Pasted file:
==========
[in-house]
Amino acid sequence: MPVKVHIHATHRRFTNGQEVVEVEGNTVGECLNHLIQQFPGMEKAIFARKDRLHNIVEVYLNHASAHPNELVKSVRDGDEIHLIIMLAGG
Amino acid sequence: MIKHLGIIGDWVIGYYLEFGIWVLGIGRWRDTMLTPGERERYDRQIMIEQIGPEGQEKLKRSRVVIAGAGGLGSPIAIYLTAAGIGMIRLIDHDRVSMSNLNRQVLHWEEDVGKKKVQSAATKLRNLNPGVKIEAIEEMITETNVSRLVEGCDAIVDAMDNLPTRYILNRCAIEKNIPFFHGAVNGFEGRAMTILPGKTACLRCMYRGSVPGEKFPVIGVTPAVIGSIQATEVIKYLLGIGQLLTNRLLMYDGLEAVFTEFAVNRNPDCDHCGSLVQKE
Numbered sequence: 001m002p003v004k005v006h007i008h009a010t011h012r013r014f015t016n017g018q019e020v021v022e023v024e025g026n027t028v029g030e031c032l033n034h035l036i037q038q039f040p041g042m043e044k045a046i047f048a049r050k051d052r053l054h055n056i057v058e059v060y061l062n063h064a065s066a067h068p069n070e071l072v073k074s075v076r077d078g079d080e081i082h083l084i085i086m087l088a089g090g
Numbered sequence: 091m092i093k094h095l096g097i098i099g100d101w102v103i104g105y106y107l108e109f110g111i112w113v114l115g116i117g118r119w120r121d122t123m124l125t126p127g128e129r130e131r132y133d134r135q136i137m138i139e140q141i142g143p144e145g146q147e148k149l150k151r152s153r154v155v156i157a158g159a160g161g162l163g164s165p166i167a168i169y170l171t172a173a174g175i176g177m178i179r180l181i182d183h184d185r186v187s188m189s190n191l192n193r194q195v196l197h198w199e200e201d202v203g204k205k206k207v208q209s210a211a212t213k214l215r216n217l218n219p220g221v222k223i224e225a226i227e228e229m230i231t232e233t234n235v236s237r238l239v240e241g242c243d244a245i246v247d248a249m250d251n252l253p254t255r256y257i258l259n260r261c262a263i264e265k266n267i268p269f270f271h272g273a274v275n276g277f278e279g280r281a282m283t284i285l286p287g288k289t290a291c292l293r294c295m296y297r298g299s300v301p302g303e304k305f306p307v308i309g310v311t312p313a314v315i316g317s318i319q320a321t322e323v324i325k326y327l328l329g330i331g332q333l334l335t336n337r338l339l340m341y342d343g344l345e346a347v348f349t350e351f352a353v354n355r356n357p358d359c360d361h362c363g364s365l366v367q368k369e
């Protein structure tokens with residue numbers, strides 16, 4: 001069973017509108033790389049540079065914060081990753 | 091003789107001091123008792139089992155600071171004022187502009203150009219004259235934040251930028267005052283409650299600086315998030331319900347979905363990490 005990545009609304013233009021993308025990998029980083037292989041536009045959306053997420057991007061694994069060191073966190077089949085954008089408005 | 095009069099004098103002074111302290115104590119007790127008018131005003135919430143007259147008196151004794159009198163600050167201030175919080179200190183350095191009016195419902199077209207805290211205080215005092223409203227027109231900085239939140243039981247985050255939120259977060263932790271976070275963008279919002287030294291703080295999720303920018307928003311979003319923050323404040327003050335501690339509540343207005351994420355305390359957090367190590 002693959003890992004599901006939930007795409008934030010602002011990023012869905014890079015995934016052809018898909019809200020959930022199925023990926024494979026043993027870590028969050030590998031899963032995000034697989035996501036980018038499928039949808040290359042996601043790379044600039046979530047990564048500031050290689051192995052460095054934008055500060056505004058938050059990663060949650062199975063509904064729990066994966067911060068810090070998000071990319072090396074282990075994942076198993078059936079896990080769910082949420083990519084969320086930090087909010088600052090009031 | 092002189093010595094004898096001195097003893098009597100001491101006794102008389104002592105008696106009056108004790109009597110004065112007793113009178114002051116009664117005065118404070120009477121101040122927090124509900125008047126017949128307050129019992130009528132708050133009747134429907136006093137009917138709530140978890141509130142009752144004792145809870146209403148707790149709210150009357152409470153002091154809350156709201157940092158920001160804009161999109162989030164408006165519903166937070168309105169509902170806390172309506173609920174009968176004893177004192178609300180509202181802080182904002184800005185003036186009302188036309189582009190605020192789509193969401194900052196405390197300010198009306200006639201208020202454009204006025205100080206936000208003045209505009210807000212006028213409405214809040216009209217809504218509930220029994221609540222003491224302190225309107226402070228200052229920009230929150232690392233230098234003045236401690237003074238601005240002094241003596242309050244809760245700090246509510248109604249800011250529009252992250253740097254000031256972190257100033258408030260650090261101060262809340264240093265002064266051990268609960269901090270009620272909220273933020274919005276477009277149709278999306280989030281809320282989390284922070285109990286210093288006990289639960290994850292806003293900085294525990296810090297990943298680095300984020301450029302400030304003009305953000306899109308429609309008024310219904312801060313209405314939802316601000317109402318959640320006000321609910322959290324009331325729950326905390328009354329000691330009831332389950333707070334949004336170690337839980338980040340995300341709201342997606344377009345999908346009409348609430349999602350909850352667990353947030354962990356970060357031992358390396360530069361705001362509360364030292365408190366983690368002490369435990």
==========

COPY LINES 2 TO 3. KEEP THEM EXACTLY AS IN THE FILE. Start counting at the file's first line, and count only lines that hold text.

Amino acid sequence: MPVKVHIHATHRRFTNGQEVVEVEGNTVGECLNHLIQQFPGMEKAIFARKDRLHNIVEVYLNHASAHPNELVKSVRDGDEIHLIIMLAGG
Amino acid sequence: MIKHLGIIGDWVIGYYLEFGIWVLGIGRWRDTMLTPGERERYDRQIMIEQIGPEGQEKLKRSRVVIAGAGGLGSPIAIYLTAAGIGMIRLIDHDRVSMSNLNRQVLHWEEDVGKKKVQSAATKLRNLNPGVKIEAIEEMITETNVSRLVEGCDAIVDAMDNLPTRYILNRCAIEKNIPFFHGAVNGFEGRAMTILPGKTACLRCMYRGSVPGEKFPVIGVTPAVIGSIQATEVIKYLLGIGQLLTNRLLMYDGLEAVFTEFAVNRNPDCDHCGSLVQKE